My grandpa put it on our cuts and bruises as soon as we were old enough to wander around his farm and get boo-boos. After slicing the tip of my finger so deeply that I should have gotten stitches and figured my fingernail would never grow back, I slapped some of the salve on to try to stop the wound from continually splitting open. The salve once again did its job and allowed my finger to heal. There is a scar but the wound never got infected.
I have also rubbed the salve onto pets and livestock when hot spots became an issue. When Sadie, a sweet old pony developed a suspensory tendon issue, we began applying the salve once a day in the morning and wrapping ice packs around the area when doing light walking in a paddock in the early evening. It took nearly three months for her to recover, but she was finally able to once again put weight on her leg. The salve has also been successful in helping burns heal. While suspensory tendon issues are common in older and work horses, make sure to check for a hoof puncture before assuming the injury is a leg issue.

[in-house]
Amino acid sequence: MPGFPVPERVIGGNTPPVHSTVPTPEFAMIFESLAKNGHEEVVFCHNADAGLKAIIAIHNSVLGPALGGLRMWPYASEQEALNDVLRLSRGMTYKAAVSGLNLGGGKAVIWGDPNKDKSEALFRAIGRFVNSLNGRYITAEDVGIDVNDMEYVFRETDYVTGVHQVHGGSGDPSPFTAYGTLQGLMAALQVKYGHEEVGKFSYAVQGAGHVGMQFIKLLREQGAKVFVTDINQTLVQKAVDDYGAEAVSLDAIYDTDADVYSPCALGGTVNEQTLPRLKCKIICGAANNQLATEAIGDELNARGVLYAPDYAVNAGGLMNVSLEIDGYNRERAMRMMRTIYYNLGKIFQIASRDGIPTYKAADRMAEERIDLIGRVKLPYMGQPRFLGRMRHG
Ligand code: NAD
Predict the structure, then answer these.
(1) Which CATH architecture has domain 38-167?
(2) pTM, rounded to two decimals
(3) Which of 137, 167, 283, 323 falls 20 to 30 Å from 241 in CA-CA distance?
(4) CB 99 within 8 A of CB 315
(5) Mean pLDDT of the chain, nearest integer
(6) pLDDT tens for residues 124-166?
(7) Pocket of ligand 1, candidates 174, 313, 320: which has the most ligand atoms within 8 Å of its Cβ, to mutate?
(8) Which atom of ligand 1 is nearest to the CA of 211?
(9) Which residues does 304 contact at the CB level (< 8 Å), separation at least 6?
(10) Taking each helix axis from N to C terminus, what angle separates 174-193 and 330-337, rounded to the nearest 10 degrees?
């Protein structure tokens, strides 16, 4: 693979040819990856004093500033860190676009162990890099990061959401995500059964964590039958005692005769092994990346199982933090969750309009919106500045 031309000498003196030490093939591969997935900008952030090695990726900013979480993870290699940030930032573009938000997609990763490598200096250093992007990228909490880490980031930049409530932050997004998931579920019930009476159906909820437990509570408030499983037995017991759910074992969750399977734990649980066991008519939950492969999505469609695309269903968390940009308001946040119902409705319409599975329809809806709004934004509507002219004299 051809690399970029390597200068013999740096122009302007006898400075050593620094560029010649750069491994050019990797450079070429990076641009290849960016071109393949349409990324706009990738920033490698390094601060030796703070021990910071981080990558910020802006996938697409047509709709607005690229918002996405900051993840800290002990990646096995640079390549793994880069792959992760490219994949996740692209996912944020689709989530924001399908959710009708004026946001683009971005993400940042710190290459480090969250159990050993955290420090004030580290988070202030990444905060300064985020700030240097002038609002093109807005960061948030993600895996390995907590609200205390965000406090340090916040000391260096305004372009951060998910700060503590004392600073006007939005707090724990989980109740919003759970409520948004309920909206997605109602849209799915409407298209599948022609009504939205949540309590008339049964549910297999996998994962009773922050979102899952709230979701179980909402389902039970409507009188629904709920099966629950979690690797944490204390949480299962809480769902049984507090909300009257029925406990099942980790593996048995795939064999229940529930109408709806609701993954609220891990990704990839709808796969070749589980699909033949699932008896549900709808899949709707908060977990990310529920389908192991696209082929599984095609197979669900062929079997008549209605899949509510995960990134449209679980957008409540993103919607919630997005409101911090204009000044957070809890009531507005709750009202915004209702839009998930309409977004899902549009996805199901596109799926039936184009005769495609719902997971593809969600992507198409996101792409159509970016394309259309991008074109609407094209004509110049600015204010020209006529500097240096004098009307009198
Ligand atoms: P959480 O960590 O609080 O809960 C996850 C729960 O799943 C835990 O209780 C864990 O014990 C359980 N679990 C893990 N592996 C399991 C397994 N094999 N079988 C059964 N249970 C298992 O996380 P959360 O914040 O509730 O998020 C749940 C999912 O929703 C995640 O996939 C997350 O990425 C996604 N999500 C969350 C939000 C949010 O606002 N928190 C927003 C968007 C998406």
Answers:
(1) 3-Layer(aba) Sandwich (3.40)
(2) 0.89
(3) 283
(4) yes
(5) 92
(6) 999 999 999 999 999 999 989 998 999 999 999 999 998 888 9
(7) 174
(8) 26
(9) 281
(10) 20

A horse with such a tendon issue will not put weight on a sore leg unless absolutely necessary, but the same mannerism is common with a hoof wound. Clean the hoof, pour peroxide in a bucket and soak the hoof and watch for bubbles. If there are bubbles, carefully go over the bottom of the hoof to look for an impalement or signs of infection.
To make the miracle salve, simply mix together in equal parts petroleum jelly and turpentine and gently rub onto affected area.
Aloe Vera Gel
While you can get gel from the aloe vera plants, it would take a multitude of the common kitchen window inhabitants to garner enough gel. Health food stores and big box discount stores routinely stock small jugs of aloe vera gel. In addition to being used on human burns, the gel can also be used to reduce skin inflammations from bug bites, animal bits and cuts. Aloe vera gel, like tea tree oil, is believed to contain anti-bacterial properties. Although I have never used the gel as an animal laxative, I know other horse owners who poured the gel into an animal’s mouth after a suspected poisoning. A veterinarian could recommend the appropriate dosage to use when flushing the system of livestock in the case of poisoning.